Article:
He would have been an old man pushing a broom or mop across the floor of Connie's Billiard Hall on West Broad Street, but whether he was still known as one of the towering figures of the first generation of jazz players seems unlikely. Joe "King" Oliver might have made two of the most lasting contributions to the development of jazz - pioneering the use of trumpet mutes and mentoring Louis Armstrong - but he died an impoverished janitor in Savannah.
"He spent his last year here under circumstances of terrible poverty. His benefactor here in Savannah, Mr. Frank Dillworth, made the arrangements to have his body sent to New York to be buried," explains Dr. Julius "Boo" Hornstein, a local jazz expert and author of Sites and Sounds of Savannah Jazz. Hornstein will give a talk titled "The King in Exile" this Friday at the Book Lady (6 E. Liberty St.) at 7 p.m.
It was 1937 when Oliver arrived in Savannah, after his tour bus broke down in South Carolina and his band deserted him. Frank Dilworth, a local booking agent and seminal figure in Savannah's jazz history, drove to pick up the "King," who 15 years earlier had been near the top of the jazz world in Chicago.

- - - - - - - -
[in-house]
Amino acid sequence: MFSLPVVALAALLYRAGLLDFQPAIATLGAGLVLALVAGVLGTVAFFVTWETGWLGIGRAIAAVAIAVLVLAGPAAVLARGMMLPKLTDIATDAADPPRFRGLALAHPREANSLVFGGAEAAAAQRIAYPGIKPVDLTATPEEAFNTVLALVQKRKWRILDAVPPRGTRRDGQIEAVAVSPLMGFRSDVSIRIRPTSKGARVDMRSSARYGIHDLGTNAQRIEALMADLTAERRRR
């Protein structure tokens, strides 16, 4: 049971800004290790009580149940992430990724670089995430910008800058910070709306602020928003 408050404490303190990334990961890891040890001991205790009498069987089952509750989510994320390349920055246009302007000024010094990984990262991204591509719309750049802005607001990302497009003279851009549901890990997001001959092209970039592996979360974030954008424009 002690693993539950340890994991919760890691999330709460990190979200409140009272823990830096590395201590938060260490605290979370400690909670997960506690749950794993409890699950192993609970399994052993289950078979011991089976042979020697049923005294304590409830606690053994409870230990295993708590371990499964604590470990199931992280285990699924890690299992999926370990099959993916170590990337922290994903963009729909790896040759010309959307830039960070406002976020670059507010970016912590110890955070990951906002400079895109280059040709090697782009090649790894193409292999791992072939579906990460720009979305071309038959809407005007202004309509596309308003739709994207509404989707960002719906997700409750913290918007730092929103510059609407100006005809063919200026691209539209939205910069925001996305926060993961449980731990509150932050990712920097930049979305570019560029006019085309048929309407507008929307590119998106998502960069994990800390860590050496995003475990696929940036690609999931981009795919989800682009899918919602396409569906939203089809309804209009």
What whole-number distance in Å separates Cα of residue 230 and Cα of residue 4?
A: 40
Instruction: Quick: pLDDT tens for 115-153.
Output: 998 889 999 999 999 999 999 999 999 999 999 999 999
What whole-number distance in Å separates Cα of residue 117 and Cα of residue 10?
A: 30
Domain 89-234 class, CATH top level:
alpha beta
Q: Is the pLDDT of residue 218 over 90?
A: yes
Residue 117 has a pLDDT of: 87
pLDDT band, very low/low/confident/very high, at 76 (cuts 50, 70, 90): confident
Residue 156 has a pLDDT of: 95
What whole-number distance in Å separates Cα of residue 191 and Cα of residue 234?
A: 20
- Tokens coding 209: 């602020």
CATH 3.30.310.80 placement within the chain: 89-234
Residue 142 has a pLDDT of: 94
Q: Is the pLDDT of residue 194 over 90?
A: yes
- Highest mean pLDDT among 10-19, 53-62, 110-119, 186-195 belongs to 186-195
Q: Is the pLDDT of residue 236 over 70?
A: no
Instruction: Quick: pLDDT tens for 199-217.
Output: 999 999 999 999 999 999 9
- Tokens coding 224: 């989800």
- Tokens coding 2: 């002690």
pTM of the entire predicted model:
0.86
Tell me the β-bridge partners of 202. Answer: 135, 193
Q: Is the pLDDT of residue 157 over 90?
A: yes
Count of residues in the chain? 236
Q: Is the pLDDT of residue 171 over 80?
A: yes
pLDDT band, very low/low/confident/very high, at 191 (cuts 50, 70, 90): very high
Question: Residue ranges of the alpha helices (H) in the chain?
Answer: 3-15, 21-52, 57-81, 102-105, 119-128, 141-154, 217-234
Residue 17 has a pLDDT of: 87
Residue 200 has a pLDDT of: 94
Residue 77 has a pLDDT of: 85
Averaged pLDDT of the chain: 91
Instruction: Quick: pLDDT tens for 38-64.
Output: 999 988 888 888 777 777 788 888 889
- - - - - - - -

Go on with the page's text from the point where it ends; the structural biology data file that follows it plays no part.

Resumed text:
Oliver was a better musician than he was a businessman though, and after making a few bad decisions, he found himself pushed into obscurity, particularly as the New Orleans style of jazz he helped foster faded in popularity behind the rise of big bad sounds like those of Duke Ellington and others.
Oliver was born on a plantation in Louisiana in 1885, and he was among the earliest jazz musicians to play clubs in New Orleans' famed Storyville red light district in the early years of the 20th Century. That unique place in history wasn't enough to sustain him financially though, and while his prized student Louis Armstrong was eventually canonized among the greats, Oliver disappeared.
He landed on West Broad Street during what was arguably its most vibrant period.
"West Broad Street was a hub. It was a vibrant, busy street," explains Hornstein. "The Union Station was there. It was the center of the African American community."
Hornstein's talk on Friday will mix stories about the life of Oliver, including details of several letters he wrote his step sister while living in Savannah, with the history of West Broad Street at the time, including rare photos he's collected over the years.
In 2008, during the Savannah Music Festival, a plaque to Oliver was dedicated on the side of the building at 514 MLK Jr. Blvd (currently Blowin' Smoke), which would have been near where Oliver worked. He lived about a block away, in a rooming house around the 500 block of Montgomery Street.
Much of Hornstein's research for the talk he'll give Friday was done in preparation for the plaque dedication, which included an appearance by contemporary jazz icon Wynton Marsalis.
"There's no anniversary or centennial or anything like that," Hornstein explains. "I did this lecture when we dedicated the plaque to him over on MLK. It's a good time to do it again."
"The King in Exile," a talk by Boo Hornstein
When: November 19 at 7 p.m.
Where: The Book Lady, 6 E. Liberty St.